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Anderson, Line pack 1-2 punch for Pro Stock class


CLERMONT, Ind. -- It hardly seems like 10 years ago that a stunned Greg Anderson met with reporters at the U.S. Nationals at Indianapolis and asked, "How did this happen?"

He had been a mechanic for most of his NHRA involvement -- until boss Warren Johnson sent him, along with his own son and fellow crew member Kurt Johnson, to Frank Hawley's Drag Racing School to get the driving bug out of their systems. They came back jazzed to compete in their own cars. And ever since then, Warren Johnson has been among those to take a back seat to Anderson, the four-time champion and six-time winner here..

Since that seemingly bewildered moment at Indianapolis, Anderson has gone on a tear at the Mac Tools U.S. Nationals and in the NHRA in general.

The reigning Pro Stock champion won this marquee event at Lucas Oil Raceway at Indianapolis for the sixth time Monday, tying mentor Warren Johnson, who failed to qualify.

Anderson claimed the $50,000 Pro Stock victory for the first time since 2006 and will head to his home track at Charlotte as the No. 1 ranked Countdown driver.

He squeaked by KB / Summit Racing Equipment Pontiac GXP teammate Jason Line on a holeshot in the final round with a 6.552-second E.T. at 210.50 mph to Line's quicker and faster 6.538 / 210.83.

It was the 70th victory for Anderson, who broke a tie with retired driver Kenny Bernstein and took sole possession of fourth place on the NHRA's all-time victories list. It was Anderson's class-leading fifth triumph of the season.

He called his feat "so, so special" and said he and Line, who are 1-2 in the standings and

so far have combined for nine victories, "two very lucky guys."

Maybe "two incredibly skilled and focused guys" would be more correct.

This was the fourth time this season and 18th time overall that the dominating duo met in the final round. Line, aiming but failing to keep his perfect 2011 final-round record intact, said, "I wouldn't think too many folks are looking forward to racing us, but we can't afford to just sit back and expect it to stay that way, so we’re going to spend the time between now and Charlotte working hard to make our program even better. "


Anderson qualified second to Line and with his first-round victory over Mark Martino set Pro Stock's top speed of the meet, a 211.03 mph that also reset the track record.

Line gobbled up what honors Anderson didn't. He took the top qualifying position away from Anderson in the final session Sunday. Then Line registered the class' quickest elapsed time of the meet and the Lucas il Raceway record (6.538 seconds) in the final-round defeat.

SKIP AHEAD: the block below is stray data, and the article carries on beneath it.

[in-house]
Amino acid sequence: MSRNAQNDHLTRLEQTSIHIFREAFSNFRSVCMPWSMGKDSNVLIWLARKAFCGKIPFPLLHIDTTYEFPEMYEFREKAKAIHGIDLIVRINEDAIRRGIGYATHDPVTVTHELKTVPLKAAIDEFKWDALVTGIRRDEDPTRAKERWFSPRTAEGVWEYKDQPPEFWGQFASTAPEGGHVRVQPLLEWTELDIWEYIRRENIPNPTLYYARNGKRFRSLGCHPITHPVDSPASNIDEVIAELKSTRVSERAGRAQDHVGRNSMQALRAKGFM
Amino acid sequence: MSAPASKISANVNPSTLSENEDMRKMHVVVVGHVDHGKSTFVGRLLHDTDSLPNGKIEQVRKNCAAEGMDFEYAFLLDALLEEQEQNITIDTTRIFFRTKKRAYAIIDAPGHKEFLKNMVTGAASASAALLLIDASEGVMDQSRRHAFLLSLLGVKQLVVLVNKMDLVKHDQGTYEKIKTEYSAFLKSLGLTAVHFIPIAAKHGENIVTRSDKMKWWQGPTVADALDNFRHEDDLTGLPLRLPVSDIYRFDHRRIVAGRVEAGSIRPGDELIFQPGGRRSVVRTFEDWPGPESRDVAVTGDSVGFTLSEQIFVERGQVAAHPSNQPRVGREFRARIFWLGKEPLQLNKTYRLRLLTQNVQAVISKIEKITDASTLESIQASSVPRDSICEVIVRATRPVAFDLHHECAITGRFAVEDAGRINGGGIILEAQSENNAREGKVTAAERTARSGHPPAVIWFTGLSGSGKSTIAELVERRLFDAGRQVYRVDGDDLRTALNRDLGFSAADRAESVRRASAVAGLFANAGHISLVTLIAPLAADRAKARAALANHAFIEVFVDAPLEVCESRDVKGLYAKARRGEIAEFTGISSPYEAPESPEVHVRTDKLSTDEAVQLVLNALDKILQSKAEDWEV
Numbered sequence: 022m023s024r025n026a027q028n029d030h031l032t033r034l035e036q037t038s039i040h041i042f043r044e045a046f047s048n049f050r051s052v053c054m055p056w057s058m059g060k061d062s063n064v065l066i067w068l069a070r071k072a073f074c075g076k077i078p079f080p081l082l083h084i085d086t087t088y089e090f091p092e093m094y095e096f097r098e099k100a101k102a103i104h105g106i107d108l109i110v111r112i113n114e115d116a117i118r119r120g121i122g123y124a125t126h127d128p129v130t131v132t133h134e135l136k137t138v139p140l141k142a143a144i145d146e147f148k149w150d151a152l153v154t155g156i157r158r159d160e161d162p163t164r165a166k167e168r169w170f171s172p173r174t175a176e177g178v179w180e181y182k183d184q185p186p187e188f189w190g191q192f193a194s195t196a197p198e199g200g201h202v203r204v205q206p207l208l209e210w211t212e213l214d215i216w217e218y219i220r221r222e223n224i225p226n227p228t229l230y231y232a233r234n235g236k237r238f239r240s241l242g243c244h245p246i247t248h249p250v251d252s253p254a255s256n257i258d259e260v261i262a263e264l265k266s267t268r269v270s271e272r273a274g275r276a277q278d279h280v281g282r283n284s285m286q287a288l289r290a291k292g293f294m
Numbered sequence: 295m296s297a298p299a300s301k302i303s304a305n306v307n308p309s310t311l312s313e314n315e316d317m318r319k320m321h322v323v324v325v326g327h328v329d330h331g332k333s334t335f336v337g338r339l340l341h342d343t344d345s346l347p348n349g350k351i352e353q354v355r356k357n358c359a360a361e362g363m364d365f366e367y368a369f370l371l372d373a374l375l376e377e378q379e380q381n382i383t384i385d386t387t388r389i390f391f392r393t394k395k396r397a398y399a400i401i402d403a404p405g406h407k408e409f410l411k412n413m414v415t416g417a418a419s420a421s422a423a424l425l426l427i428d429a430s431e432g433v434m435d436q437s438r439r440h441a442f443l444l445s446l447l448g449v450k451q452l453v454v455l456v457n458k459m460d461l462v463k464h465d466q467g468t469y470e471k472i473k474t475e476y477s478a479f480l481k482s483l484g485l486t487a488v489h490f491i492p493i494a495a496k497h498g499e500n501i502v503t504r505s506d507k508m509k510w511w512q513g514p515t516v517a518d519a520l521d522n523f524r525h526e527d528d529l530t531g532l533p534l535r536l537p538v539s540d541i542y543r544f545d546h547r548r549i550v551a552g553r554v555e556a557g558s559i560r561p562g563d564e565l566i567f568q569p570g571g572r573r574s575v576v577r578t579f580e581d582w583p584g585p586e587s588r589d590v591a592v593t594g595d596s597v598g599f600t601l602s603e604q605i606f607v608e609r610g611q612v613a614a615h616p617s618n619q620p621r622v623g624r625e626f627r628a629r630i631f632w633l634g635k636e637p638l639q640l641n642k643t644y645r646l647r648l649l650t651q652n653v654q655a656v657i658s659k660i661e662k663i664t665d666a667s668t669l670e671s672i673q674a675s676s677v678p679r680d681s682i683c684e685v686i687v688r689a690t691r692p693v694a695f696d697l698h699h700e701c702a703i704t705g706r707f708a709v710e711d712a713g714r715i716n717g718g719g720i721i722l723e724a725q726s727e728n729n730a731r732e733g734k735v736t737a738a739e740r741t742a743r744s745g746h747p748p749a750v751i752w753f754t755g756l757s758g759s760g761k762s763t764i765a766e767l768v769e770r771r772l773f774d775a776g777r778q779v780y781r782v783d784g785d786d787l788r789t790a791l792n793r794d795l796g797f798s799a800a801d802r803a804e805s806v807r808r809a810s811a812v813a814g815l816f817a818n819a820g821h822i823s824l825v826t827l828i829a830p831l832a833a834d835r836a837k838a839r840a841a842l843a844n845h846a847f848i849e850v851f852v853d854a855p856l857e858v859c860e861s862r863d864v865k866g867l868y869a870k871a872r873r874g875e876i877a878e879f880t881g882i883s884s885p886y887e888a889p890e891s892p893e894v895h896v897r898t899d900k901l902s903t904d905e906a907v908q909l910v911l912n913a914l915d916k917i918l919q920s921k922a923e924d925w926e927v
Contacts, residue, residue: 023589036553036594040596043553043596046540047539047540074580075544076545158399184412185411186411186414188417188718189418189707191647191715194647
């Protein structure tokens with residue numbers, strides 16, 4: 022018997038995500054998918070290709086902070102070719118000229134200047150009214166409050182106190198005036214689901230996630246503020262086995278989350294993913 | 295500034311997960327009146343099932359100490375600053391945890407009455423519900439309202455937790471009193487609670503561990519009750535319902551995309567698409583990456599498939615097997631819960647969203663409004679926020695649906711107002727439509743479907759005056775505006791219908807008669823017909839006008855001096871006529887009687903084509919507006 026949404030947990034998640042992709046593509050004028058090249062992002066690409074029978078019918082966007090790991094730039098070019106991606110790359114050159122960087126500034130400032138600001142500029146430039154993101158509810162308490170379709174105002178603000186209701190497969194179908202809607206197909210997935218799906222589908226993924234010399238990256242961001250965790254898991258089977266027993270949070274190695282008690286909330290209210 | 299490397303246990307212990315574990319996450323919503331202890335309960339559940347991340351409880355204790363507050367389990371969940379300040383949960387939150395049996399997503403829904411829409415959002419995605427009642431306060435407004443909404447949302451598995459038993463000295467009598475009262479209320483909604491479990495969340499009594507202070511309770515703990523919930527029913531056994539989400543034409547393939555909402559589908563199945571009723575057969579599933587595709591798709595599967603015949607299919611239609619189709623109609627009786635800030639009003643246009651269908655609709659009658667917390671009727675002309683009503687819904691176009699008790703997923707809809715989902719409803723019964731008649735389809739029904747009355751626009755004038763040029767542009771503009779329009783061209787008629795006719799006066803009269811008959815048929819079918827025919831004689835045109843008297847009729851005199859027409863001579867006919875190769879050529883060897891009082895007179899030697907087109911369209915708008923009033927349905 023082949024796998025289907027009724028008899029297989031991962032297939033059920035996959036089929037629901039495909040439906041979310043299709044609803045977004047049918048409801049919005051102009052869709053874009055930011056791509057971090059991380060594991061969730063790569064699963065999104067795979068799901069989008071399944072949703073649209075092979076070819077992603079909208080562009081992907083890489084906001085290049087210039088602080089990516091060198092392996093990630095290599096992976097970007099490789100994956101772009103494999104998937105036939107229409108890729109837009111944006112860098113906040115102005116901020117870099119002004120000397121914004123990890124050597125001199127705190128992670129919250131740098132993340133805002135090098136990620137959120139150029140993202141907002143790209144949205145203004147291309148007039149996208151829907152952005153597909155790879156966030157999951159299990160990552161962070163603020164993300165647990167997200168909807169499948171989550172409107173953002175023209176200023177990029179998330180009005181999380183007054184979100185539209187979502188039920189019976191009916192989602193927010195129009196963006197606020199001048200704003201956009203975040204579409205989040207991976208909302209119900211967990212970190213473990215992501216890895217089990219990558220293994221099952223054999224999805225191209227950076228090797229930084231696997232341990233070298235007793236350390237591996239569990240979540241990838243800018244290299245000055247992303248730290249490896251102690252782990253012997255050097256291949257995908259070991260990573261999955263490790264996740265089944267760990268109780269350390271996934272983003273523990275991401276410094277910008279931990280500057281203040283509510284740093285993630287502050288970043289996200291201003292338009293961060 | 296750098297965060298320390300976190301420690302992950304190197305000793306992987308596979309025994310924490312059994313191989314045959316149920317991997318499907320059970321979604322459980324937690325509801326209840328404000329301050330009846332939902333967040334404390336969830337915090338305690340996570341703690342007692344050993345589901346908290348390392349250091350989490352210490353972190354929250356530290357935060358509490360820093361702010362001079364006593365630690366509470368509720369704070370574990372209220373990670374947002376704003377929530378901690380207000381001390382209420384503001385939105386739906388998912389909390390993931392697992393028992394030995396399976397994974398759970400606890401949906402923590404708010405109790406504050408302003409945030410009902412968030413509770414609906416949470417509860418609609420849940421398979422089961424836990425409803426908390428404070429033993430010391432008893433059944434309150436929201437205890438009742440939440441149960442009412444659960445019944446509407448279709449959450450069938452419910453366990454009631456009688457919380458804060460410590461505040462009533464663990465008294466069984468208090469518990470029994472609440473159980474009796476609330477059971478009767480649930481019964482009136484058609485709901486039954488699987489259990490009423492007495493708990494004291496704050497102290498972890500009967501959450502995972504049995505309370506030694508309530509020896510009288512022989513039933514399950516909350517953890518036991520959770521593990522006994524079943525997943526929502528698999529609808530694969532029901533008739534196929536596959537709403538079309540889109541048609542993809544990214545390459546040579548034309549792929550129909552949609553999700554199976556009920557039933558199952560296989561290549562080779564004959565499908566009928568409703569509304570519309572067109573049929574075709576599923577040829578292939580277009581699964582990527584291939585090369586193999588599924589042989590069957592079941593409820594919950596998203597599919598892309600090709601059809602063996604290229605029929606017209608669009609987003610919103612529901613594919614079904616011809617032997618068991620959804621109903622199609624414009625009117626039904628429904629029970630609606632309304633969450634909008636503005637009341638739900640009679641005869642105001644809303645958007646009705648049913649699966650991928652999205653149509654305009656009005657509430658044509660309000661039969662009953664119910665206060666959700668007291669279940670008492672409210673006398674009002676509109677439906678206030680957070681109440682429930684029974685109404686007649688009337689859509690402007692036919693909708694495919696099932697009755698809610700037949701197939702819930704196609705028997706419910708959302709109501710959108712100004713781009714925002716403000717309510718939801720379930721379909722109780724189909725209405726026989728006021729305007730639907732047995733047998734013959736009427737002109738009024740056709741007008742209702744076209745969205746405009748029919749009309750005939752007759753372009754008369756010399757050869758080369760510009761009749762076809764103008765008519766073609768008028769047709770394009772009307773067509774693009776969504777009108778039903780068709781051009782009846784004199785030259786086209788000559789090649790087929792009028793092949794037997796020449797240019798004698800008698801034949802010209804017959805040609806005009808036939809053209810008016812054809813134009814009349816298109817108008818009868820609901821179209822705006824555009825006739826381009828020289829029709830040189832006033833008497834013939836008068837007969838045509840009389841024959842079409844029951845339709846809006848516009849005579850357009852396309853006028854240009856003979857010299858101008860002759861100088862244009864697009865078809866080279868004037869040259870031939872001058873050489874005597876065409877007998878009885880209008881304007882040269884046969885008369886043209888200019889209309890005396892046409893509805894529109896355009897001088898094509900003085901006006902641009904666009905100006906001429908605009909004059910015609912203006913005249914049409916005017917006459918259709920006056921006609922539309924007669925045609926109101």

But lest anyone think these two always are clones of one another, catch what Anderson said in the post-race: -- and what Line said, for that matter.

Anderson said, "I had told Jason last night that he shouldn't have snuck in and taken that No. 1 spot from me. But seriously, I couldn't have asked for a better result for the U.S. Nationals."

Well, of course he couldn't have. But Line said he pictured a better finish.

"I had a Summit Racing Pontiac capable of winning the race, but just wasn't able to seal the deal," Line said. "Fortunately, going into the final, we knew the team was going to win – it was just a matter of whether Greg or I was going to get the trophy, and today it happened to be him. He showed in the final why he’s the four-time champion and one of the all-time best, and why I consider it an accomplishment whenever I do beat him.

"Certainly, I’m disappointed, but it could have been worse," he said. "And I had my best day as a pro at the U.S. Nationals. I'm pretty sure everyone knew we were there.

"Today may not have ended up the way I wanted, but there are still a lot of positives we can take from the weekend, so I’m just going to hit the reset button and start working on getting ready for Charlotte," Line said.

Anderson said of Line and their power-packed punch on the class, "We qualified our Summit Racing Pontiacs 1 and 2 and put them both in the final, where it just came down to the two of us having fun. He's done such an incredible job all year, and I'm so proud of what he's done. I truly feel bad for depriving him of his first U.S. Nationals win, but he’d been getting the better of me all year, and it was about time I came out on top."

In all, Anderson said all that mattered was winning the Mac Tools U.S. Nationals: "Today I wasn't concerned about points or the Countdown – I just wanted to win this race. It's that special to me. It's the first real race that my father took me to as a little kid, and I was blown away by the size and grandeur of it all. Ever since that day, it’s been a special place to me.

"[This] win feels as good as my first one," he said. "I know it's not as good as [Pro Stock legend Bob] Glidden's nine, but It is pretty darn cool to realize that I've now won it six times."

And that extra confidence that is Anderson's and Line's heading into the Countdown opener on their home turf spells trouble for the rest of the Pro Stock class.

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